Advocates and experts remain frustrated that these plants and fungi remain in the strictest federal drug category in the first place, especially considering the existing research that shows their medical value for certain conditions.
A federal appeals court in August dismissed a petition to require the DEA to reevaluate cannabis’s scheduling under the Controlled Substances Act. However, one judge did say in a concurring opinion that the agency may soon be forced to consider a policy change anyway based on a misinterpretation of the therapeutic value of marijuana.
Separately, the Washington State attorney general’s office and lawyers representing cancer patients recently urged a federal appeals panel to push for a DEA policy change to allow people in end-of-life care to access psilocybin under state and federal right-to-try laws.
Image element courtesy of Kristie Gianopulos.
Supreme Court Won’t Hear Case On Legalizing Safe Drug Consumption Sites, But Activists Are Undeterred
The U.S. Supreme Court (SCOTUS) has rejected a request to hear a case on the legality of establishing safe injection sites where people can use illicit drugs in a medically supervised environment.
The justices announced on Tuesday that they decided against taking up the case raised by the nonprofit Safehouse, despite the pleas of attorneys general from 10 states and D.C. who recently filed amici briefs urging the court’s involvement.
Representatives from 14 cities and counties, as well as the mayor of Philadelphia, which is at the center of the current case, also filed briefs in support of the case in recent days.
Safehouse was set to launch a safe consumption site in Philadelphia before being blocked by a legal challenge from the Trump administration. It filed a petition with the nation’s highest court in August to hear the case.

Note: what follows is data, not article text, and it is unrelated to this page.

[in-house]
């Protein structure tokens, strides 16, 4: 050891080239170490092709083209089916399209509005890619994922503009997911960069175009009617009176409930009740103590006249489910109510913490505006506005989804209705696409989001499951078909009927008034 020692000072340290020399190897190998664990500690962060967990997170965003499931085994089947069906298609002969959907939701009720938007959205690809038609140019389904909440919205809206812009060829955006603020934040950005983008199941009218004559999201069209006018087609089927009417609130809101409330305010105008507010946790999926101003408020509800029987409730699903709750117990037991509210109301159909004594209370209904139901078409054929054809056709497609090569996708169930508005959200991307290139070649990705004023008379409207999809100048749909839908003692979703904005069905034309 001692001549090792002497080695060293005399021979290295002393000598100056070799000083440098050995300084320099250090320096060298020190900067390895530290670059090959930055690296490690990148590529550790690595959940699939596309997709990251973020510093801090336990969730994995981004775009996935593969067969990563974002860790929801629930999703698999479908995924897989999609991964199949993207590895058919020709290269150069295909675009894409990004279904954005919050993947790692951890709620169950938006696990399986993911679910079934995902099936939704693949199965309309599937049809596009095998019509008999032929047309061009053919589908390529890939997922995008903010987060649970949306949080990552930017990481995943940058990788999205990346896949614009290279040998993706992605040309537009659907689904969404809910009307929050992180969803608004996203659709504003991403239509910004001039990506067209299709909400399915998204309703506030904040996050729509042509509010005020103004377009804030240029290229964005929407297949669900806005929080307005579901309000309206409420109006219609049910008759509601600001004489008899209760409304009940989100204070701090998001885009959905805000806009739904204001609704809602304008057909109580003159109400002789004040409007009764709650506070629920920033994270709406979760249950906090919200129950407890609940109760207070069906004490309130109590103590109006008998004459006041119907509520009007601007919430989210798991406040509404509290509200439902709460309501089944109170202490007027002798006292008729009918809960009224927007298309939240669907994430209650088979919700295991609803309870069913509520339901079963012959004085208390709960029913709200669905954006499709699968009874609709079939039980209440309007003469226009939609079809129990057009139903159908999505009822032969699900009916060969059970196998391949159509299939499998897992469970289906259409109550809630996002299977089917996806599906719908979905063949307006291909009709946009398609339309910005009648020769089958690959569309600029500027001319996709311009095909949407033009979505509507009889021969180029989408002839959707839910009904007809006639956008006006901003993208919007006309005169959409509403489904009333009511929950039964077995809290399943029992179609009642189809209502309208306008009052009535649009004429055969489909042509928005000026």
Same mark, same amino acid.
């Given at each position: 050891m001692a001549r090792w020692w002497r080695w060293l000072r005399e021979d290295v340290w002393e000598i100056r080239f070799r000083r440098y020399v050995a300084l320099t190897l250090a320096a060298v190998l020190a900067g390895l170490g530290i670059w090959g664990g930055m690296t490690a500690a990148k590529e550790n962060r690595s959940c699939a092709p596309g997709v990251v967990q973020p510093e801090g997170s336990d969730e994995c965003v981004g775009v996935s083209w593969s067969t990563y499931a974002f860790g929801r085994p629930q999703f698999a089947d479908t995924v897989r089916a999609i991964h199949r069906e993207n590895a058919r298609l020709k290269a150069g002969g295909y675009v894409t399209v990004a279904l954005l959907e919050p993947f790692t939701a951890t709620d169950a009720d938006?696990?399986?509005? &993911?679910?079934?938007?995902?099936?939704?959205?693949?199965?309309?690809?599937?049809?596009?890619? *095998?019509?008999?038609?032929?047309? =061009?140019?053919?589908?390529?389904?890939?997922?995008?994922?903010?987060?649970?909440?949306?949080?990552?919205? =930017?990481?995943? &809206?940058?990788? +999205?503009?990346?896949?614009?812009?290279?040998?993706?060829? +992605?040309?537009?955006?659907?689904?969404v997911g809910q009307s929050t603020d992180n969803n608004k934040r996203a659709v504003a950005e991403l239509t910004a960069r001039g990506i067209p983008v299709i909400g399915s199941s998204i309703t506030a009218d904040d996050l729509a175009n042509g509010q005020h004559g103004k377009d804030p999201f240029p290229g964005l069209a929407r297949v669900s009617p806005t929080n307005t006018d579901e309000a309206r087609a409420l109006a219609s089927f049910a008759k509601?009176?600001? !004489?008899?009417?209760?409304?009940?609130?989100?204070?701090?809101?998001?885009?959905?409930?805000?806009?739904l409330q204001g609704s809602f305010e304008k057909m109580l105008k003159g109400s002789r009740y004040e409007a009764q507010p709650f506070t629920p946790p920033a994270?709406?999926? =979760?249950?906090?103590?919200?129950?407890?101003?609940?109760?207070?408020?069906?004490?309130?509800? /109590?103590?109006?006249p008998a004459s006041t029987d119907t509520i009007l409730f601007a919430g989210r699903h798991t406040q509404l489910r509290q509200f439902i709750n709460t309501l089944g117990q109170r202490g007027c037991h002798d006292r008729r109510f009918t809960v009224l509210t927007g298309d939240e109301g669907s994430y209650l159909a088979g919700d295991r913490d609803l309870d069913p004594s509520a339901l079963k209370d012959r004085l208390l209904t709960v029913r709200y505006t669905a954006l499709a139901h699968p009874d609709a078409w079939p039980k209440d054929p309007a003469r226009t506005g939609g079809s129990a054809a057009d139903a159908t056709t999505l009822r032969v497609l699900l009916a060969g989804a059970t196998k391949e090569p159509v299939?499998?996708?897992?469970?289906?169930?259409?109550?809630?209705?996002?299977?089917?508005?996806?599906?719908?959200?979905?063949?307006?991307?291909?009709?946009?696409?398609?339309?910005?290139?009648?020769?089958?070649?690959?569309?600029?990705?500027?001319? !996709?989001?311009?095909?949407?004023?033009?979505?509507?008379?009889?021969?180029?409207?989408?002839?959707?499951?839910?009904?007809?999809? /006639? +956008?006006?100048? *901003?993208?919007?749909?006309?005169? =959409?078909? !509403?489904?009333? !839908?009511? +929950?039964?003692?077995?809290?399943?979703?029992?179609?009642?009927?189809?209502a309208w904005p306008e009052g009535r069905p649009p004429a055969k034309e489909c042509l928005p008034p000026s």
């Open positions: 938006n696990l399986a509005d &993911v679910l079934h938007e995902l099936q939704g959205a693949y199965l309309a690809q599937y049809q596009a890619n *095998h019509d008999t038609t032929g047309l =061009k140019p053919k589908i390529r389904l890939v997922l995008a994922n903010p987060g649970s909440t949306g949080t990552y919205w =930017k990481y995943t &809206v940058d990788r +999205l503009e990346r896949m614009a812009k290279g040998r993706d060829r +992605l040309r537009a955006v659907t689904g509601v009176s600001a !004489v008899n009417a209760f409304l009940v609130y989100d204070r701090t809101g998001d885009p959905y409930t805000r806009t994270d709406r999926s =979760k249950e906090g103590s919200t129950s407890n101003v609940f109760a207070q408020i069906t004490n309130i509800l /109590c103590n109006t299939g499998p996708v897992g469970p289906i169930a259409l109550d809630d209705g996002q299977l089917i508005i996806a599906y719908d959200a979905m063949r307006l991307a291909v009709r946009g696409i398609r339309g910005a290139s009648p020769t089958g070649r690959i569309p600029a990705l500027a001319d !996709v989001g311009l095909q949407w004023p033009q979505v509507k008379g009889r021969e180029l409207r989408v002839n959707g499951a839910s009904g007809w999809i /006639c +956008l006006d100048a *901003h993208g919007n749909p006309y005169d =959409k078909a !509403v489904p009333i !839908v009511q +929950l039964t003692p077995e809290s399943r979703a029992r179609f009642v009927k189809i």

But while the Supreme Court declined to take action—and the Biden administration passed up its voluntary opportunity to weigh in at this stage, which may well have influenced the justices’ decision—activists say the battle will continue at a lower federal court level, where the administration will have to file briefs revealing its position on the issue.
Disappointed but not surprised U.S. Supreme Court declined to hear our case. We’re pursuing our claims in federal court. As that litigation proceeds, Biden administration will have to take a position, which it avoided by waiving its right to respond to our Supreme Court petition.
— Safehouse (@SafehousePhilly) October 13, 2021
“We were disappointed that the government chose not to respond to our petition,” Safehouse Vice President Ronda Goldfein told Filter. “They said, ‘We’re going to waive our right to respond,’ [and] the Supreme Court declined to review our case. Ordinarily that sounds like the end of the road—but in our case we are still pursuing our claims in a different venue.”
That venue will be the the federal district court in Philadelphia, where activists plan to submit multiple arguments related to religious freedom and interstate commerce protections. The Biden administration will be compelled to file a response in that court by November 5.
“If they don’t respond, they lose,” Goldfein said.
A coalition of 80 current and former prosecutors and law enforcement officials—including one who is President Joe Biden’s pick for U.S. attorney of Massachusetts—previously filed a brief urging the Supreme Court to take up Safehouse’s safe injection case.
Fair and Justice Prosecution, the group that coordinated the amicus brief, also organized a tour of Portugal for 20 top prosecutors in 2019 so they could learn about the successful implementation of the country’s drug decriminalization law.
If the Supreme Court were to have taken the case and rule in favor of Safehouse, it could have emboldened advocates and lawmakers across the country to pursue the harm reduction policy.
The governor of Rhode Island signed a bill in July to establish a safe consumption site pilot program where people could test and use currently illicit drugs in a medically supervised environment. It became the first state in the country to legalize the harm reduction centers. It’s not clear whether the Department of Justice will seek to intervene to prevent the opening of such facilities in that state.
Massachusetts lawmakers advanced similar legislation last year, but it was not ultimately enacted.
A similar harm reduction bill in California, sponsored by Sen. Scott Wiener (D), was approved in the state Senate in April, but further action has been delayed until 2022.